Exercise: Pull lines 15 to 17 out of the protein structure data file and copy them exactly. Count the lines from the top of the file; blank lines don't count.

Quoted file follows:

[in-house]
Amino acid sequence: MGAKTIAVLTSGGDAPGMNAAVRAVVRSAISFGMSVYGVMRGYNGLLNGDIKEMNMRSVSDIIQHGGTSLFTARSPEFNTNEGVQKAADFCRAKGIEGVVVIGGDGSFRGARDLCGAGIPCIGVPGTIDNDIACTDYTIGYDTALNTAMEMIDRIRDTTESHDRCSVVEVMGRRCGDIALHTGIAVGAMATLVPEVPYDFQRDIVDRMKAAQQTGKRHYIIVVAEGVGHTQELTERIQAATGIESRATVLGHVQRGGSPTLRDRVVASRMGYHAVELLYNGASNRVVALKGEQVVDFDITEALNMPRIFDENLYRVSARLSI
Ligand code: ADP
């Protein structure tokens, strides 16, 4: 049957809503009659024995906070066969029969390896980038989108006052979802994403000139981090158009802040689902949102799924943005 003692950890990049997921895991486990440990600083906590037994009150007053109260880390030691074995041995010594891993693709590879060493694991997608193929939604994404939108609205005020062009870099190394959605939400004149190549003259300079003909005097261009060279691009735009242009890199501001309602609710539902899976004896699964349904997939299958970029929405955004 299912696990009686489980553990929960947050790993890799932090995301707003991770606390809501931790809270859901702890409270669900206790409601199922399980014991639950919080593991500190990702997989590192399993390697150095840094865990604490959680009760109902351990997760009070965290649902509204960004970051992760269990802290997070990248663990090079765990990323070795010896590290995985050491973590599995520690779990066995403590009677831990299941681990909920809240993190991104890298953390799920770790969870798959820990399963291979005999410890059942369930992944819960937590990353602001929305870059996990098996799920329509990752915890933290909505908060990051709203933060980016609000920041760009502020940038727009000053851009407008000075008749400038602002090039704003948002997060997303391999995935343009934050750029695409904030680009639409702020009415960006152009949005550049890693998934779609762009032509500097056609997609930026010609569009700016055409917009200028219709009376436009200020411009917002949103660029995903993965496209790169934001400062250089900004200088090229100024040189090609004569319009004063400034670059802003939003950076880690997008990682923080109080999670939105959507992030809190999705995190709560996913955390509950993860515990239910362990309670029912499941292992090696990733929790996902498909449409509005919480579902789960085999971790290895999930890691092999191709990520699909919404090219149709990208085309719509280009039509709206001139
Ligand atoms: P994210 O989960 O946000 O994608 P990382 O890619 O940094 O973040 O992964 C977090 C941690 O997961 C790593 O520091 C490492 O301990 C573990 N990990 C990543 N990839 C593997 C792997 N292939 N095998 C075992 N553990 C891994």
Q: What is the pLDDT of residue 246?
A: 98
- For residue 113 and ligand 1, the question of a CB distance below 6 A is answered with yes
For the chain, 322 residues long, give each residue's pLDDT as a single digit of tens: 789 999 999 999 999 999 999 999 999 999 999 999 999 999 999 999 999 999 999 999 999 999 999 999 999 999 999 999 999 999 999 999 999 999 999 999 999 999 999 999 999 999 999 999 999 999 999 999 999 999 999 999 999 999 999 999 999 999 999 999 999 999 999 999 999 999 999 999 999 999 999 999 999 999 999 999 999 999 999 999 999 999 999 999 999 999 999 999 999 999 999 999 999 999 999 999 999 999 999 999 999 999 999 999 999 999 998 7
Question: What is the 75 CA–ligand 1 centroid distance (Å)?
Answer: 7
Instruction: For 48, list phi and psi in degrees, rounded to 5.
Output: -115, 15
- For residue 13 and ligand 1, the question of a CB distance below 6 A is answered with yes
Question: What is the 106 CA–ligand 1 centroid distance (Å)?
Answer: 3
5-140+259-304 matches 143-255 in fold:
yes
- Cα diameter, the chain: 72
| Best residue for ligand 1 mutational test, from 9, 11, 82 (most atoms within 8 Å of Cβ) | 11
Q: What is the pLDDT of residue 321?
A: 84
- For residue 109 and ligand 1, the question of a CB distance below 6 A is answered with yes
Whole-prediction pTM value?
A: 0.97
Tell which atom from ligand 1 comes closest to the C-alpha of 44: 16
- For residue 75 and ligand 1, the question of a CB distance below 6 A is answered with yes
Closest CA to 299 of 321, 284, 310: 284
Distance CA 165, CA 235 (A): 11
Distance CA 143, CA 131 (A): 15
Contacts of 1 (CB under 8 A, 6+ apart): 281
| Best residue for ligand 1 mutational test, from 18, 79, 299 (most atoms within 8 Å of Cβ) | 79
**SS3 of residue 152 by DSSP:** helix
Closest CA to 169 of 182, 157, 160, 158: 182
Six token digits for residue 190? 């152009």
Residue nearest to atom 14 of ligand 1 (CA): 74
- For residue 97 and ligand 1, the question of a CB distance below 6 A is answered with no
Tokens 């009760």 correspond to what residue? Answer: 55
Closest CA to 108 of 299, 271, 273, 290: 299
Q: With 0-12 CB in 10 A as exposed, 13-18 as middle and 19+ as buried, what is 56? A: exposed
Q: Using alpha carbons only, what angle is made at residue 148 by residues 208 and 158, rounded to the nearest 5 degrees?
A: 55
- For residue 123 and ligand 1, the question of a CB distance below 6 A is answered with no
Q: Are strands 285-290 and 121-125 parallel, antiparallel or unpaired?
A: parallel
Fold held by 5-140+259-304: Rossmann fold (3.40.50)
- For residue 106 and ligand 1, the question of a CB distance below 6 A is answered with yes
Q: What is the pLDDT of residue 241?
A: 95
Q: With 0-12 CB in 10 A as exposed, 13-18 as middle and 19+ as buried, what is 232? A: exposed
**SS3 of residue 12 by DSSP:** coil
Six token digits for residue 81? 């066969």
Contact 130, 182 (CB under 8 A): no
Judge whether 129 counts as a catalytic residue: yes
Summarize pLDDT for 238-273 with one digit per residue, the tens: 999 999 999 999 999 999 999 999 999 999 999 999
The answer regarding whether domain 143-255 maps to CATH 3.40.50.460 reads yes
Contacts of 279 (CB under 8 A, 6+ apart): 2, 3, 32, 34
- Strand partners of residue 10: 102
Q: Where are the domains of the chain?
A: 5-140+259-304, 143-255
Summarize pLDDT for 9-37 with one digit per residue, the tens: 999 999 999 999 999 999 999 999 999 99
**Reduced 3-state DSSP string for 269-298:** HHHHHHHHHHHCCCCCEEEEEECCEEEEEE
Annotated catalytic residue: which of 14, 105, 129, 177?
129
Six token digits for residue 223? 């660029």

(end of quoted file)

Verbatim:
Question: What is the 106 CA–ligand 1 centroid distance (Å)?
Answer: 3
5-140+259-304 matches 143-255 in fold: